But that’s not important, whats really important is for ppl to contact their favorite developers and convince them to develop softwares/games for Linux and break that loop.
        Also most ppl should stop buying windows softwares/games, that should force the stubborn companies into making Linux ports.

      4. AnorKnee Merce said on May 11, 2017 at 3:09 pm

        @ dark

        Most professional Linux alternative software are not as good as those for Windows.
        ……. TurboTax/Quicken and eHospital Systems/Softclinic software are not available for Linux, and likely have no Linux alternative. Many advanced or specialized business software/applications are not available for Linux.

        Similarly, there are very few useful Win 10 Mobile apps at Windows Store because of its minuscule 2% market share.
        ……. In comparison, there are hundreds of useful Android apps at Play Store.

        So, Linux desktop OS has to garner a sizable market share before professional developers will support it, eg be like Google-Android.
        ……. Linux software developers are mostly basement/attic-living hobbyists, eg Linus Torvald, who do not see much of the real business world.

      5. ivan_soman said on May 11, 2017 at 2:46 pm


    2. 420 said on May 11, 2017 at 10:03 am

      Arch Linux and XFCE alone or in some distro FTW , heh

  11. mikef90000 said on May 11, 2017 at 3:39 am

    Overview of my LAN:
    – desktop (x86): Linux Mint 18 Xfce
    – file server / backup desktop (x86): Ubuntu server 16:04, Debian dual boot
    – old laptop (x86): LM 18 (would use Debian but for wireless dongle issues)
    – RPi3 download / torrent server (ARM): Raspbian
    – backup ER-X firewall router (MIPS): EdgeOS (Debian derivative)
    – wireless access point (MIPS): OpenWRT
    – ISP supplied router (CPU unknown): reportedly FreeBSD

    Definitely biased toward Debian derivatives for stable, fast, coherent APT package management.
    CentOS looks good but its little brother Fedora makes my head explode.
    Not enough time to come up the Arch / Gentoo learning curve.

    If you want to try most of the numerous Linux window managers, try this live ISO:

  12. dark said on May 11, 2017 at 3:17 am

    If you are new, have never used Linux before and is unsure which Linux distro to pick, just pick Linux Mint.

    1. asdf said on May 11, 2017 at 12:04 pm

      – Linux Mint
      – Zorin OS
      – Elementary OS

  13. Richard Steven Hack said on May 11, 2017 at 1:59 am

    openSUSE all the way. Most stable KDE-based system (it can run GNOME, too, of course) available. Almost everything can be done from a GUI if you abhor the command line. If you can’t find a package in the official repositories, there are package search mechanisms so you can find it elsewhere without having to compile from source. Large community support forum. Updates itself several times a day with never a forced reboot (unlike Windows which has never gotten Update to work properly). openSUSE has a large development community and is connected to a commercial entity, SUSE, which has been around for a long time. You can get it in point releases or a rolling release.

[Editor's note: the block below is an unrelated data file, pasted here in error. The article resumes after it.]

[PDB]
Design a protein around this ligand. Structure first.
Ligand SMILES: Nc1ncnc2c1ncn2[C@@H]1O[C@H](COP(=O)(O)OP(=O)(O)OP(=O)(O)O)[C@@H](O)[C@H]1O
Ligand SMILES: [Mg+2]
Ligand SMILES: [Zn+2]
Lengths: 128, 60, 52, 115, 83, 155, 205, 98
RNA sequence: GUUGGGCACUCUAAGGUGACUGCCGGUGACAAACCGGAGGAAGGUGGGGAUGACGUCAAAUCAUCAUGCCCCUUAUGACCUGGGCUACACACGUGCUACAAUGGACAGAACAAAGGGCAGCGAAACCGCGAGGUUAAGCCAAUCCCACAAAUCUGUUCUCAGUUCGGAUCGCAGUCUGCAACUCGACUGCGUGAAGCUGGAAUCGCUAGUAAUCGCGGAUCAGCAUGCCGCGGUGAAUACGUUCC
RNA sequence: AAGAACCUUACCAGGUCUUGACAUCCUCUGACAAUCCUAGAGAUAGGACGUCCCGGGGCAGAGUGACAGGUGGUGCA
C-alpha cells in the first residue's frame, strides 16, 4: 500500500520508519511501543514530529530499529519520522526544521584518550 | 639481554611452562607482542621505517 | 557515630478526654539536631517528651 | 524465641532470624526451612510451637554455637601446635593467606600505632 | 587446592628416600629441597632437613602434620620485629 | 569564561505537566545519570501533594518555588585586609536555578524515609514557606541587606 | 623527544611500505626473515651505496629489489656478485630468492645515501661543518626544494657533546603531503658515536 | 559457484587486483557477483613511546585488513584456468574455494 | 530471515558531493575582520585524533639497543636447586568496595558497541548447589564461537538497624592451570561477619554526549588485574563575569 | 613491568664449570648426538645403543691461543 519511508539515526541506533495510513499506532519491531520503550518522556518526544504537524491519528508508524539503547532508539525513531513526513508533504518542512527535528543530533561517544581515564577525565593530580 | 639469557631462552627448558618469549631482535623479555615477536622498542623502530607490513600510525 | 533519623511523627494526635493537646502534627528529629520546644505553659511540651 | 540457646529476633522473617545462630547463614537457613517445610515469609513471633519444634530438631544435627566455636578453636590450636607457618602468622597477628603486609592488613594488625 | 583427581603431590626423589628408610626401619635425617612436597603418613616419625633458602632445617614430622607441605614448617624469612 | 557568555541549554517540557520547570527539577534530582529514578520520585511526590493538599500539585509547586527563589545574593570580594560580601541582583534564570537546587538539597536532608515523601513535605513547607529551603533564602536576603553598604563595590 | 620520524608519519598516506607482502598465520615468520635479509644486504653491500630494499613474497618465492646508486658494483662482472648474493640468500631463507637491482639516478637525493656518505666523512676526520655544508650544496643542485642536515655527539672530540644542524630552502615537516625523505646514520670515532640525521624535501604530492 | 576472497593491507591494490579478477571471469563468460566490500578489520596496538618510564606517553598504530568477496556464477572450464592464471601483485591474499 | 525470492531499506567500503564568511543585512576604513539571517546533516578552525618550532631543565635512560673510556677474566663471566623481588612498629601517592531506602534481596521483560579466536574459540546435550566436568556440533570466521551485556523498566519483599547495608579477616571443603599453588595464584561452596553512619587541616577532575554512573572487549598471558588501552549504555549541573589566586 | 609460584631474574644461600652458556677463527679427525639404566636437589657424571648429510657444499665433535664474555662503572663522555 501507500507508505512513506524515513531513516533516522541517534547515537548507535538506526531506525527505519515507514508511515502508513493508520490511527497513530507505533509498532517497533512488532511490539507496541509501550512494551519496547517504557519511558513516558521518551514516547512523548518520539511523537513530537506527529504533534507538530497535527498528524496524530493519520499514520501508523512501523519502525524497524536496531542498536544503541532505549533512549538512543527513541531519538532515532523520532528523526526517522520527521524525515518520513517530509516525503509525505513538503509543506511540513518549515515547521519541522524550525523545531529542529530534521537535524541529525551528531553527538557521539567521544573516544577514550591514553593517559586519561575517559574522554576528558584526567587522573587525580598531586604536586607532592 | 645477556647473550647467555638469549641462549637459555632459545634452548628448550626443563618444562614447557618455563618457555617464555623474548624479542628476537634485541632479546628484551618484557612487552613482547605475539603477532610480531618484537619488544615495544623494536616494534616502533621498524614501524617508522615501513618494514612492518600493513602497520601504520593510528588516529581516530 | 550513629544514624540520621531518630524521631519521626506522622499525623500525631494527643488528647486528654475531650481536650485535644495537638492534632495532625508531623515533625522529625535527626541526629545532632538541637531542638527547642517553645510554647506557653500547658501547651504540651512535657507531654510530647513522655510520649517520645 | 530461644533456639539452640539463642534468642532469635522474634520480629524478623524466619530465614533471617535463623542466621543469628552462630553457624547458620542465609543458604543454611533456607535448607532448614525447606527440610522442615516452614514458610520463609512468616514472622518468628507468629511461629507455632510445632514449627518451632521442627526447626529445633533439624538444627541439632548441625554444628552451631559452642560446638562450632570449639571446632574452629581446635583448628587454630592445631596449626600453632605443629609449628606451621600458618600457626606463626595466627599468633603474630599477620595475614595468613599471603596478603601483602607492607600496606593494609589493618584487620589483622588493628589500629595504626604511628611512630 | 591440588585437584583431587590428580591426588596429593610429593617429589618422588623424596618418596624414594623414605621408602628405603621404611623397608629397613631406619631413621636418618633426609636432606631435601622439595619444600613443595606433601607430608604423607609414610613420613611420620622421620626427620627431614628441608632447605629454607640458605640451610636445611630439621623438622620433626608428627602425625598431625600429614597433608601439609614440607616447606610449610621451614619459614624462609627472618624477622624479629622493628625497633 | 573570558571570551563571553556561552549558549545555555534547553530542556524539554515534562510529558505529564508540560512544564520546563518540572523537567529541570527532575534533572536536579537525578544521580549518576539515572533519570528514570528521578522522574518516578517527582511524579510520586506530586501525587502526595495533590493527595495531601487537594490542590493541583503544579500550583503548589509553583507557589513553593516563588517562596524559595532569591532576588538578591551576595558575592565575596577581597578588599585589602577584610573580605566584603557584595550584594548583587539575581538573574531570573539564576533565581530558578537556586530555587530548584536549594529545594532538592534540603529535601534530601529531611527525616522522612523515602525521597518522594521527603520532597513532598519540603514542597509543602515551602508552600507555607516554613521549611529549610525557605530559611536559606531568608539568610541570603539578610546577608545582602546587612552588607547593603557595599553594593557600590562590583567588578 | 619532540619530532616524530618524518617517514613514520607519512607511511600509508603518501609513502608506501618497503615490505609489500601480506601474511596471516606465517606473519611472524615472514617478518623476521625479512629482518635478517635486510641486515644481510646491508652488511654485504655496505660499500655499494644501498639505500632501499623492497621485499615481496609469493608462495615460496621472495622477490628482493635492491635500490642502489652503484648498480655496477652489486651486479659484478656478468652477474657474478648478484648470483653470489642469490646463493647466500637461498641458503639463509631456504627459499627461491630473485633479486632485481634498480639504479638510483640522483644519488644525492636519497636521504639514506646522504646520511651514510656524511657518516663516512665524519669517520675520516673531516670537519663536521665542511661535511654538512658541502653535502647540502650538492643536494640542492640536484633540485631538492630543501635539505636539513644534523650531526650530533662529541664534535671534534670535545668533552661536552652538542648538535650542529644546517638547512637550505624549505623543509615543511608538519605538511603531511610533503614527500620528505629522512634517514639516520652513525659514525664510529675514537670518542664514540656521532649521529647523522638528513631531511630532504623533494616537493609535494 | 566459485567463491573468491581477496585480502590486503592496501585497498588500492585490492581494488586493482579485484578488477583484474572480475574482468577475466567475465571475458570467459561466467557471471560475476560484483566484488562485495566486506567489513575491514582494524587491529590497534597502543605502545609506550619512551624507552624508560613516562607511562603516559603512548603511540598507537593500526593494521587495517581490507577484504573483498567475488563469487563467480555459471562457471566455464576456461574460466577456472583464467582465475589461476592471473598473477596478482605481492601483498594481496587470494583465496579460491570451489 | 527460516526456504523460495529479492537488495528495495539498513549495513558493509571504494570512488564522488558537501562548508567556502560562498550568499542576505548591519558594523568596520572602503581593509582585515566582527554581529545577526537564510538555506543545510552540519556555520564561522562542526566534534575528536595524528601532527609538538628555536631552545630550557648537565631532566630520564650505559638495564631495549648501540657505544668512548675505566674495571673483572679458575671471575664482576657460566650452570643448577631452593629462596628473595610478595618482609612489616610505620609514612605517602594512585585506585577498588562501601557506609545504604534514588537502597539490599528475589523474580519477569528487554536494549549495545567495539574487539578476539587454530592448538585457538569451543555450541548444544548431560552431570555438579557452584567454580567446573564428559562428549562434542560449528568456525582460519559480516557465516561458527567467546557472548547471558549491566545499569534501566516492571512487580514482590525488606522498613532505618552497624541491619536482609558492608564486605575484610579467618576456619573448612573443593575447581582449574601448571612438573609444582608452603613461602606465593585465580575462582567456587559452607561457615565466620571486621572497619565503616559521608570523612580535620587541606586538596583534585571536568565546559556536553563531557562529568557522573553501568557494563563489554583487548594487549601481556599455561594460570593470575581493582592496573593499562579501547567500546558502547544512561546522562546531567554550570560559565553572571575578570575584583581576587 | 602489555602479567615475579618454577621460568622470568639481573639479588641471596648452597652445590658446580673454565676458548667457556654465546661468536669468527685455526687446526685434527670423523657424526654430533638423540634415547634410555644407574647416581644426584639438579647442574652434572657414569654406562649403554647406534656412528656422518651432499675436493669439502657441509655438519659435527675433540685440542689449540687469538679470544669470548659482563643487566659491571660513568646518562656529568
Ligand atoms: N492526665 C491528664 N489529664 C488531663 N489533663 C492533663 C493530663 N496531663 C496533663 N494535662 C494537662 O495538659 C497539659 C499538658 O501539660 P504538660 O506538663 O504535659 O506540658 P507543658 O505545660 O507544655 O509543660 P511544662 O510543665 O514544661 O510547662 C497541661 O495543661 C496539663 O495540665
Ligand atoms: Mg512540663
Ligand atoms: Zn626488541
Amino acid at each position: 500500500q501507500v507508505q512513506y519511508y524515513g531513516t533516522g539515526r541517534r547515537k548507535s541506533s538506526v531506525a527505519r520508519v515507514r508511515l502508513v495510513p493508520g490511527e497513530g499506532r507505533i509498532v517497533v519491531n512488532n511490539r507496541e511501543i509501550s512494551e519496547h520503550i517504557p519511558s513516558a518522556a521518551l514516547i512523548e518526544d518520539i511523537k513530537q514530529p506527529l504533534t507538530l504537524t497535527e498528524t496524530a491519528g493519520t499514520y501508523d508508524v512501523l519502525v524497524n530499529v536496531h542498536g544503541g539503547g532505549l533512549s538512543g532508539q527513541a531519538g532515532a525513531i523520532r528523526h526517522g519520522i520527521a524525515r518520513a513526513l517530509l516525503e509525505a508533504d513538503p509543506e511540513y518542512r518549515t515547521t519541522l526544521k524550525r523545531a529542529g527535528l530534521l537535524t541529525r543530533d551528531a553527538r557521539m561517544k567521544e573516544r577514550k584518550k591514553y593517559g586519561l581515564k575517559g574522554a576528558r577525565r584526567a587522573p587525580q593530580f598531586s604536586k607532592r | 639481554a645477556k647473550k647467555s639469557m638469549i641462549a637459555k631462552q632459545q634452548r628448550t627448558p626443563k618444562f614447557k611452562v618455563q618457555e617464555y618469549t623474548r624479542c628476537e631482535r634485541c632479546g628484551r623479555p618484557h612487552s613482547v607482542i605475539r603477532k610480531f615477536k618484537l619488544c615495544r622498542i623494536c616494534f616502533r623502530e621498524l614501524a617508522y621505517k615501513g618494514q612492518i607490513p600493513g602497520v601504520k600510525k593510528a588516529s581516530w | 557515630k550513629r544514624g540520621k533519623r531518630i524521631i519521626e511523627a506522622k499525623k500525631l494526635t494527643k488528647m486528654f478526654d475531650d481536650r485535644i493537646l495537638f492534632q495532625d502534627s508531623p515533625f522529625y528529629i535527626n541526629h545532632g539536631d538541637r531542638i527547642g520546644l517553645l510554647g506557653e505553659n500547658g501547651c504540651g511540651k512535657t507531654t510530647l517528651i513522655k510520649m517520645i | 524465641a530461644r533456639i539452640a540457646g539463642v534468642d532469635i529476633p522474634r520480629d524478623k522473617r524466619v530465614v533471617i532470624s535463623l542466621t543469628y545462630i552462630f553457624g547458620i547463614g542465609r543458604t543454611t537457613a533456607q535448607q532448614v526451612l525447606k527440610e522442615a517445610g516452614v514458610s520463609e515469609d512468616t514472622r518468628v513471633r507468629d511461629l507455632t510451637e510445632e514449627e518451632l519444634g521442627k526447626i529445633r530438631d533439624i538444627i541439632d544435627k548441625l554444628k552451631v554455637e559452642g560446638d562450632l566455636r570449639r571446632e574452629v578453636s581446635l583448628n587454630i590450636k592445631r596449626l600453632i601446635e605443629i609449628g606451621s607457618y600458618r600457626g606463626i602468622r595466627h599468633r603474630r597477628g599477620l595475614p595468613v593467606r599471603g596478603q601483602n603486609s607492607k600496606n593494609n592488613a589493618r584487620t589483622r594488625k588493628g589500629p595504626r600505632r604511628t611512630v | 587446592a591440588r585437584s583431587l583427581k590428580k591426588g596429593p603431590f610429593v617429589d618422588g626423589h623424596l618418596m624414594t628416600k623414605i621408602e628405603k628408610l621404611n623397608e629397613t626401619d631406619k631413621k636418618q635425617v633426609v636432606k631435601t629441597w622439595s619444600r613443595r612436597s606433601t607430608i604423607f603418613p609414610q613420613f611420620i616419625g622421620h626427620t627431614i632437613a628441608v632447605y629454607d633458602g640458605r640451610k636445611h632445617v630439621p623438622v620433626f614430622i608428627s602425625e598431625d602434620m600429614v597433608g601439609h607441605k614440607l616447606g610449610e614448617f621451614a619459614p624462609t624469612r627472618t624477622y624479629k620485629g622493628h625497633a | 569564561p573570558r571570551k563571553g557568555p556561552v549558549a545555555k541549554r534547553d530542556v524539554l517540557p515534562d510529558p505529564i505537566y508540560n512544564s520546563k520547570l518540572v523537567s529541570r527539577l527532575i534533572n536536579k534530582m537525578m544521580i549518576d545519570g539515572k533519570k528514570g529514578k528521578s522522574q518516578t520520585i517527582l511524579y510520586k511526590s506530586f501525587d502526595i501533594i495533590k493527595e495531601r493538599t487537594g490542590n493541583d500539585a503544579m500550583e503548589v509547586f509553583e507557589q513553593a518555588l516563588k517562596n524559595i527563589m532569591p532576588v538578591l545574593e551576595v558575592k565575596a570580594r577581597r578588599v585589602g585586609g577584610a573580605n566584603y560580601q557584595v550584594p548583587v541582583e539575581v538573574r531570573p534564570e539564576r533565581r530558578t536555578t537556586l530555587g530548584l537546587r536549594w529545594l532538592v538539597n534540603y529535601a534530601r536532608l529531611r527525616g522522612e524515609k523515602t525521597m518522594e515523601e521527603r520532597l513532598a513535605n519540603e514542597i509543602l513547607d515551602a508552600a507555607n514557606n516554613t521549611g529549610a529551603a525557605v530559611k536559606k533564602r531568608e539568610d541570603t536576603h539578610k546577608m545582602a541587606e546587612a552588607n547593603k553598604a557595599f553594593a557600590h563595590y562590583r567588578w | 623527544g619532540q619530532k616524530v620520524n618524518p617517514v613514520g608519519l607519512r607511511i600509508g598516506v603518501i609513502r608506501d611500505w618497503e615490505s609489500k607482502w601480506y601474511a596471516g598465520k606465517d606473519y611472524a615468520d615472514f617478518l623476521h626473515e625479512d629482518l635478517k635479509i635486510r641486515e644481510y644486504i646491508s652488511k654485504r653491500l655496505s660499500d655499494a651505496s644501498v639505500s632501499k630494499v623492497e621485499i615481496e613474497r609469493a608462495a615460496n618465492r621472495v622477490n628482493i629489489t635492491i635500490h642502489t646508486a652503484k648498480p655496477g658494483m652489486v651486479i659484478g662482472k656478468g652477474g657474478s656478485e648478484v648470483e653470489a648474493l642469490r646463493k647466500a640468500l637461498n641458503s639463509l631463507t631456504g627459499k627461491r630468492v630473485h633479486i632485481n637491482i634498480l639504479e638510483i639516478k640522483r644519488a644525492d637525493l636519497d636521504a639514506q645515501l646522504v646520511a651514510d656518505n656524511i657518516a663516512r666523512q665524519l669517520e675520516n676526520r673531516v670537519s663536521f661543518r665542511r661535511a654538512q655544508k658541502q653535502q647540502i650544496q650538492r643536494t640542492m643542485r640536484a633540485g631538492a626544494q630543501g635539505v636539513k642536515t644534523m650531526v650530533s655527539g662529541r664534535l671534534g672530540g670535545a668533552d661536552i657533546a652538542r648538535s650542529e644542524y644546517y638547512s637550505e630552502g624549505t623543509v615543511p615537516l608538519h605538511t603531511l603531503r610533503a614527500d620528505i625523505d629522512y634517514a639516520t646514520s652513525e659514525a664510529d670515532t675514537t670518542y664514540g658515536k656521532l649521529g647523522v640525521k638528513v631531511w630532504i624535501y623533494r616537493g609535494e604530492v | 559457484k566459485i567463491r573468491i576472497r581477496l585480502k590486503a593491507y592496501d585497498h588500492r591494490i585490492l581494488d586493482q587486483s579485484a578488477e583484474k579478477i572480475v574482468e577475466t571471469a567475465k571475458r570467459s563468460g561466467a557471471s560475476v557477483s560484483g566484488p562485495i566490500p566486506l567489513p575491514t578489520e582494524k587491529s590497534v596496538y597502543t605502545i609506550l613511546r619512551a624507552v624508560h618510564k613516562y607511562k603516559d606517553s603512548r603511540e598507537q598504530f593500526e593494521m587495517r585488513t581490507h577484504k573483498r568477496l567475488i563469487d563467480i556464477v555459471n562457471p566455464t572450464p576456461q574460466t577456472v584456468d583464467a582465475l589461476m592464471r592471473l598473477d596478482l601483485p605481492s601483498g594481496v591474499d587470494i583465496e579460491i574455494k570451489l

Reliability? Well, like every other OS, Linux gets worse with every release. However, my system is rarely brought down enough to hit the power button – probably due to video card issues – but it does happen occasionally (maybe every few weeks or a month or more.) I usually blame Firefox (a disaster at memory management), so I try to restart Firefox every day or so to minimize that. Once in a long while the desktop manager will fail and restart itself.

    Compared to Windows, there is no comparison – Linux is WAY more stable. The only part which tends to be somewhat unreliable is the KDE environment. The kernel itself never crashes in my experience. This means most recovery just means logging out and logging back in rather than rebooting (although I usually reboot just to be sure.)

  14. swamper said on May 11, 2017 at 12:36 am

    Hehe… I can’t help myself…

    LMDE2, Linux Mint 18.1, Arch Linux, Debian Stable Server, Debian Testing, Armbian Ubuntu Server, and AsusWRT Merlin spread across a desktop, laptop, Odroid and a router. With both types of Mint on the laptop and desktop both that are basically mirrors of each other. The Arch and 2 Debians are also on the desktop.

    Mate desktop on everything that’s not a server. LMDE2 is my daily driver.

    I do get a little confused about what I have booted every now and then…

  15. kubrick said on May 10, 2017 at 10:24 pm

    I use linux Lite.
    Love this OS.

    1. Max said on May 10, 2017 at 11:12 pm

      Me too. I’ve tried various flavors of Linux over the years (before abandoning them again), but coming from a Windows background, I’ve now settled on Linux Lite for my non-Windows machine.

      I found it an easy transition, thanks to having a UI with a Windows look and feel and easy-to-use management tools, and would recommend it to other Windows users.

  16. Nebulus said on May 10, 2017 at 8:56 pm

    I’m using Slackware Linux.

  17. Arthur said on May 10, 2017 at 8:48 pm